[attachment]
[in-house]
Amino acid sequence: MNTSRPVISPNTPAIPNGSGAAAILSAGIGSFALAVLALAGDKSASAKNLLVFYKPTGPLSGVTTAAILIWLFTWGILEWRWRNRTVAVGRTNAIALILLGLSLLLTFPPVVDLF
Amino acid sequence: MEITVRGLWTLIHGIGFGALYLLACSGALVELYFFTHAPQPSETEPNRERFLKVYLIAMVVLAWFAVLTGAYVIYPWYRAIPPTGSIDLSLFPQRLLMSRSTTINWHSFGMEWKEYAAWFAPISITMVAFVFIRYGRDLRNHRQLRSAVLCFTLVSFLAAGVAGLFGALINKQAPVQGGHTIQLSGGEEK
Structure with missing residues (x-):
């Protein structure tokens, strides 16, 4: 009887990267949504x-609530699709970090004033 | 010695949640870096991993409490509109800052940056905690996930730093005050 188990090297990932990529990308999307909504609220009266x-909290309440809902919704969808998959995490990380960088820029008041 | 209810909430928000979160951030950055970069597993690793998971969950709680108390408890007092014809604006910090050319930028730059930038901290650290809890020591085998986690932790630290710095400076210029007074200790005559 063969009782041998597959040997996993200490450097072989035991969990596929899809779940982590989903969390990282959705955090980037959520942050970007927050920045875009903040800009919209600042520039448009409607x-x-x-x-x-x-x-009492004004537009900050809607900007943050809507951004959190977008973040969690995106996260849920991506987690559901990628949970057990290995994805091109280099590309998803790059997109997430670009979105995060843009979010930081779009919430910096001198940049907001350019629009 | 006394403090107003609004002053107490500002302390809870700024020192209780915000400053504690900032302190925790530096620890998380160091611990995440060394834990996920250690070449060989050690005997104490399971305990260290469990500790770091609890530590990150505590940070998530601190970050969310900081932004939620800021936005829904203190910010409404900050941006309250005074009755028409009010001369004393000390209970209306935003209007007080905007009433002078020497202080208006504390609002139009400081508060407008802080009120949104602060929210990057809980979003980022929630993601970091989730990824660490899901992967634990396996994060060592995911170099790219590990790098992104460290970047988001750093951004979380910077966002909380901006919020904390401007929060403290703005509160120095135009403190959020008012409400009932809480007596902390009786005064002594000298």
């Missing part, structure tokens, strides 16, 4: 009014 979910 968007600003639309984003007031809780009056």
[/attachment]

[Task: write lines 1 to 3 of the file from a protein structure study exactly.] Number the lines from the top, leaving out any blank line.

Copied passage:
[in-house]
Amino acid sequence: MNTSRPVISPNTPAIPNGSGAAAILSAGIGSFALAVLALAGDKSASAKNLLVFYKPTGPLSGVTTAAILIWLFTWGILEWRWRNRTVAVGRTNAIALILLGLSLLLTFPPVVDLF
Amino acid sequence: MEITVRGLWTLIHGIGFGALYLLACSGALVELYFFTHAPQPSETEPNRERFLKVYLIAMVVLAWFAVLTGAYVIYPWYRAIPPTGSIDLSLFPQRLLMSRSTTINWHSFGMEWKEYAAWFAPISITMVAFVFIRYGRDLRNHRQLRSAVLCFTLVSFLAAGVAGLFGALINKQAPVQGGHTIQLSGGEEK